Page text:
endothelioma


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endothelioma

 [en″do-the″le-o´mah]
a tumor arising from the endothelial lining of blood vessels.

en·do·the·li·o·ma

(en'dō-thē'lē-ō'mă),
Generic term for a group of neoplasms, particularly benign tumors, derived from the endothelial tissue of blood vessels or lymphatic channels; endotheliomas may be benign or malignant.
[endothelium + -oma, tumor]

endothelioma

(ĕn′dō-thē′lē-ō′mə)
n. pl. endothelio·mata (-mə-tə) or endothelio·mas
Any of various neoplasms derived from endothelium.

endothelioma

A generic term for benign tumours of endothelial origin (e.g., angiomas), identified by immunohistochemistry for factor VIII.

en·do·the·li·o·ma

(en'dō-thē-lē-ō'mă)
Generic term for a group of neoplasms, particularly benign tumors, derived from the endothelial tissue of blood vessels or lymphatic channels; endotheliomas may be benign or malignant.
[endothelium + -oma, tumor]

endothelioma

Any tumour arising from blood vessel ENDOTHELIUM.

en·do·the·li·o·ma

(en'dō-thē-lē-ō'mă)
Generic term for a group of neoplasms, particularly benign tumors, derived from the endothelial tissue of blood vessels or lymphatic channels; endotheliomas may be benign or malignant.
[endothelium + -oma, tumor]
References in periodicals archive ?
Ewing, "Diffuse endothelioma of bone," Proceedings of the New York Pathological Society, vol.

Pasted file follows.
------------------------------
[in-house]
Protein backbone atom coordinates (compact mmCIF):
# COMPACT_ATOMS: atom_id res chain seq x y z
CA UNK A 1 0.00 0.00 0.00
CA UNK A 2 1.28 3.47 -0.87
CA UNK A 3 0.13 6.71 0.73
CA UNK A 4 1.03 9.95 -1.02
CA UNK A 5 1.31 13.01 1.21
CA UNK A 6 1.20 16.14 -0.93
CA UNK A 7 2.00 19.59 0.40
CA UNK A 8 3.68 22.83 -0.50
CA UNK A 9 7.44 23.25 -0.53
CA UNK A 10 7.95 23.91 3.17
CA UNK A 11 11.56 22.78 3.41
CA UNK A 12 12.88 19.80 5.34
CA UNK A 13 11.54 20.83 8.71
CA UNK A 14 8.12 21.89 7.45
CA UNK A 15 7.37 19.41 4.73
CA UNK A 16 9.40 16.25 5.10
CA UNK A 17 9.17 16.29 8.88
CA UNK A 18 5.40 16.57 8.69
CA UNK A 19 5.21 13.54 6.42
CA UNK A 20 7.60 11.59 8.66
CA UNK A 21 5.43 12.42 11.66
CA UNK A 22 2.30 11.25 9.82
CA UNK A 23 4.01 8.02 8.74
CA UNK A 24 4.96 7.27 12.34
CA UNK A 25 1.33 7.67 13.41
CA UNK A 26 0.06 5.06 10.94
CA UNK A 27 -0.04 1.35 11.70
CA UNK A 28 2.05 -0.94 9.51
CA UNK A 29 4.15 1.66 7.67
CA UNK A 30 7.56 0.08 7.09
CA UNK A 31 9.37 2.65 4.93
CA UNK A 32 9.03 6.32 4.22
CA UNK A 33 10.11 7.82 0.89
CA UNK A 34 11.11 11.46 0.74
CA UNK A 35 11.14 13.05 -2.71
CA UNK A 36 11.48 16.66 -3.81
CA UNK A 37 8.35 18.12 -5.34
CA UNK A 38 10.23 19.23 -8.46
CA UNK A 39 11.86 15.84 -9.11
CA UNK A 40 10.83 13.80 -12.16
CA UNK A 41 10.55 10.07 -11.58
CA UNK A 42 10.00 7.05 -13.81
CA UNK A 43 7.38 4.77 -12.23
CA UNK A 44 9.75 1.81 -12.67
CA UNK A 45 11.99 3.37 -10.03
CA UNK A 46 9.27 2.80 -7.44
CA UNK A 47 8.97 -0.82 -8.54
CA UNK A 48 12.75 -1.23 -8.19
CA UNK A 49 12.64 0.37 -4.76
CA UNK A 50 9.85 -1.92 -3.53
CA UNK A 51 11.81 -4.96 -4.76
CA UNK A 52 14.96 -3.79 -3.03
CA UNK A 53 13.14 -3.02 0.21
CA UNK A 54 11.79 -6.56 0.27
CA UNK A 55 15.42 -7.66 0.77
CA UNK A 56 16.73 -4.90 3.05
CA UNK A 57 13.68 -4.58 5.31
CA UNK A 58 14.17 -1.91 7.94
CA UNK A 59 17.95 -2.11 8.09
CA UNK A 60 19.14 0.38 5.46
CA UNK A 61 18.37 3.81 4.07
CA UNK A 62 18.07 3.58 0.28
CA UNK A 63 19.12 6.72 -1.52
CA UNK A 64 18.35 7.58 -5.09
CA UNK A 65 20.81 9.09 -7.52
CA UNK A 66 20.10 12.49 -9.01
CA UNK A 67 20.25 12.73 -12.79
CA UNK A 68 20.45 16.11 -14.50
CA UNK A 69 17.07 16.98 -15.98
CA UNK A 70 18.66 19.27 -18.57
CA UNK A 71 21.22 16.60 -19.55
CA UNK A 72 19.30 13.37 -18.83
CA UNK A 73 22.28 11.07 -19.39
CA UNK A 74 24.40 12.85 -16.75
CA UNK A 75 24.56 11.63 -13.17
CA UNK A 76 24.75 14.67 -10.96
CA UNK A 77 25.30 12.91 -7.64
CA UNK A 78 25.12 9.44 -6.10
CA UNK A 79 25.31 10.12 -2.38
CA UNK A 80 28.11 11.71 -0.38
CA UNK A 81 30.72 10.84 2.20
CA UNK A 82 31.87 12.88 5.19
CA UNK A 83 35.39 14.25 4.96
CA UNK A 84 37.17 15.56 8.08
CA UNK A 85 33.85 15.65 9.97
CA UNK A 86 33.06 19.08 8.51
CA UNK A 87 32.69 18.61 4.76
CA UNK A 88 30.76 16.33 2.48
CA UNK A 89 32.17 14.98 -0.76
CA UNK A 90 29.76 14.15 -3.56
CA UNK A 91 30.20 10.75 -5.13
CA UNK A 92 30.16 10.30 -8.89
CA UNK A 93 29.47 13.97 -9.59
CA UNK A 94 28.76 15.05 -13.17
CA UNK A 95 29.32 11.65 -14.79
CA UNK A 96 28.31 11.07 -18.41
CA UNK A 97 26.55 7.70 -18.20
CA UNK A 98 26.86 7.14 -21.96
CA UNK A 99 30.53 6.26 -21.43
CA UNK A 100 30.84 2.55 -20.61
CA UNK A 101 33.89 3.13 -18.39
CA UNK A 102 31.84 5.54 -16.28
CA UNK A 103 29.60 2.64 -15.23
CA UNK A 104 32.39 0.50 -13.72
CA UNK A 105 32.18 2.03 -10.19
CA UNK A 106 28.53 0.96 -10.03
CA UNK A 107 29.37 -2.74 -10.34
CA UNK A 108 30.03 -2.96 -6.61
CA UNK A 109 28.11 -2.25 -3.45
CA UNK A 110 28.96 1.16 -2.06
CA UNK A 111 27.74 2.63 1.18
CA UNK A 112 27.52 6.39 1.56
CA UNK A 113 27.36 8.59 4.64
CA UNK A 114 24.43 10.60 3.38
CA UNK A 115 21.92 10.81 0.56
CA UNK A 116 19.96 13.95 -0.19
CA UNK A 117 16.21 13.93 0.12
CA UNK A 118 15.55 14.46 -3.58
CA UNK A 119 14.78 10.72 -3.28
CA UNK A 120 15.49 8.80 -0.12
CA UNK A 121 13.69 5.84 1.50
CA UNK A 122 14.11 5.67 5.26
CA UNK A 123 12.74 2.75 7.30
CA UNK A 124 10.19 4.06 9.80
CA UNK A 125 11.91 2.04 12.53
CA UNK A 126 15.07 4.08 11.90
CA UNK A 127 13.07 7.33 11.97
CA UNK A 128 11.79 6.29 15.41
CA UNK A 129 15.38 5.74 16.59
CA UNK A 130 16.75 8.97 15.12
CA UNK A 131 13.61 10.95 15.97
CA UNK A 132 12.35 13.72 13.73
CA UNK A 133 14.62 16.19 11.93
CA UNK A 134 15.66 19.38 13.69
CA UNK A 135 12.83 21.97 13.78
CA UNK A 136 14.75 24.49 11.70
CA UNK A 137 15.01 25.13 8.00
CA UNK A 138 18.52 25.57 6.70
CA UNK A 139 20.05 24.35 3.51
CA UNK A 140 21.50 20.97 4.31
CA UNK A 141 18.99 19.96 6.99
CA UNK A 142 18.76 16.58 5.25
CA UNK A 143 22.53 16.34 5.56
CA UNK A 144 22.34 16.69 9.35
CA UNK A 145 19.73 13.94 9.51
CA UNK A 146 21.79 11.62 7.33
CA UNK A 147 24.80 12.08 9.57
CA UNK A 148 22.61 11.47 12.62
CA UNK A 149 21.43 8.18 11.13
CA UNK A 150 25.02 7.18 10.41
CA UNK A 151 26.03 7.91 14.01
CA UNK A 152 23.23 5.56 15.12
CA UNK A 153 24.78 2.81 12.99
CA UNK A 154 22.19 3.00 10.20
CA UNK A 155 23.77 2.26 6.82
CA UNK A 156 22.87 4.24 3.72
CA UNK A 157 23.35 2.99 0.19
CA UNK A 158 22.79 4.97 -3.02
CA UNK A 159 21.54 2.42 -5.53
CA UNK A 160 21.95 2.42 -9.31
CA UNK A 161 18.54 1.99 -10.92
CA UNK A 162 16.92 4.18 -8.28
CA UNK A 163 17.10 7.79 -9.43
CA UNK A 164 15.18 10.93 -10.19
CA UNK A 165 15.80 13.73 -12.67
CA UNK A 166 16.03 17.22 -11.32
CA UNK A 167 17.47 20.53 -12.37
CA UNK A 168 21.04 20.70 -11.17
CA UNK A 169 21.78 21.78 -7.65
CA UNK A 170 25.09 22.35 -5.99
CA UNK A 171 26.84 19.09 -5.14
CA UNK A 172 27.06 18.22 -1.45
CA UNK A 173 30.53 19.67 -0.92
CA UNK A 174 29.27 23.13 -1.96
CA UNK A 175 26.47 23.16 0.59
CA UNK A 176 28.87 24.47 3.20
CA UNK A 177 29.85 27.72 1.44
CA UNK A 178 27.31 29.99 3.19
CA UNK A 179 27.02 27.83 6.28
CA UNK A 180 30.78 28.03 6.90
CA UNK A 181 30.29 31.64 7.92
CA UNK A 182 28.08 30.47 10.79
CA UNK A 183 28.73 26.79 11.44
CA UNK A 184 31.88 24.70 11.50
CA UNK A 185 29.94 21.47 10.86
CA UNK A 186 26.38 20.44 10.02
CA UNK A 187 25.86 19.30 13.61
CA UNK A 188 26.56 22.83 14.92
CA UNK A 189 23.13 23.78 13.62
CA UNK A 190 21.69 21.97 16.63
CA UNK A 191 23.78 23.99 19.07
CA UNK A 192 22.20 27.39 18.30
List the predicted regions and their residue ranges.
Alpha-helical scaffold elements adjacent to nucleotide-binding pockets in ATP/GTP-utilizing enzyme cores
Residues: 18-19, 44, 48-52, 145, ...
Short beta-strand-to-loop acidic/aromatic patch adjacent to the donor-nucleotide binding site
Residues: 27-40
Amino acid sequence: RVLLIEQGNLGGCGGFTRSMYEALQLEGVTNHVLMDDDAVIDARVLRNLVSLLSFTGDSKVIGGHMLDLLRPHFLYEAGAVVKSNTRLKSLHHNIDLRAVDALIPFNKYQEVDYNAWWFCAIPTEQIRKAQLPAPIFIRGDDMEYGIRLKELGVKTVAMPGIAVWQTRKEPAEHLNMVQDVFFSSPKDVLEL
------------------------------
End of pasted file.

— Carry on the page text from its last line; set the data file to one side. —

1, 69, 4, and 55, and "Diagnosis and Some of the Clinical Aspects of Gyroma and Endothelioma of the Ovary," Buffalo Medical and Surgical Journal 32 (November 1892): 196-215, 200, 205, 207, 208.
Since the original descriptions of tumors of the Ewing sarcoma family in 1918 by Arthur Purdy Stout (1) and in 1921 by James Ewing, who called the tumor diffuse endothelioma of bone, (2) several nomenclatures have been assigned to these tumors, albeit with much skepticism in the literature (3) A possible relationship between Ewing sarcoma (ES) and peripheral neuroectodermal tumor (PNET) was established after the description of extraosseous ES by Angerwall and Enzinger (4) and PNET of the bone by Jaffe.
After the fourth passage the rats developed peritoneal carcinomas with metastases to the upper abdomen and peritoneal endotheliomas with focal infiltration.
The meningiomas (dural endotheliomas): Their source, and favored seats of origin.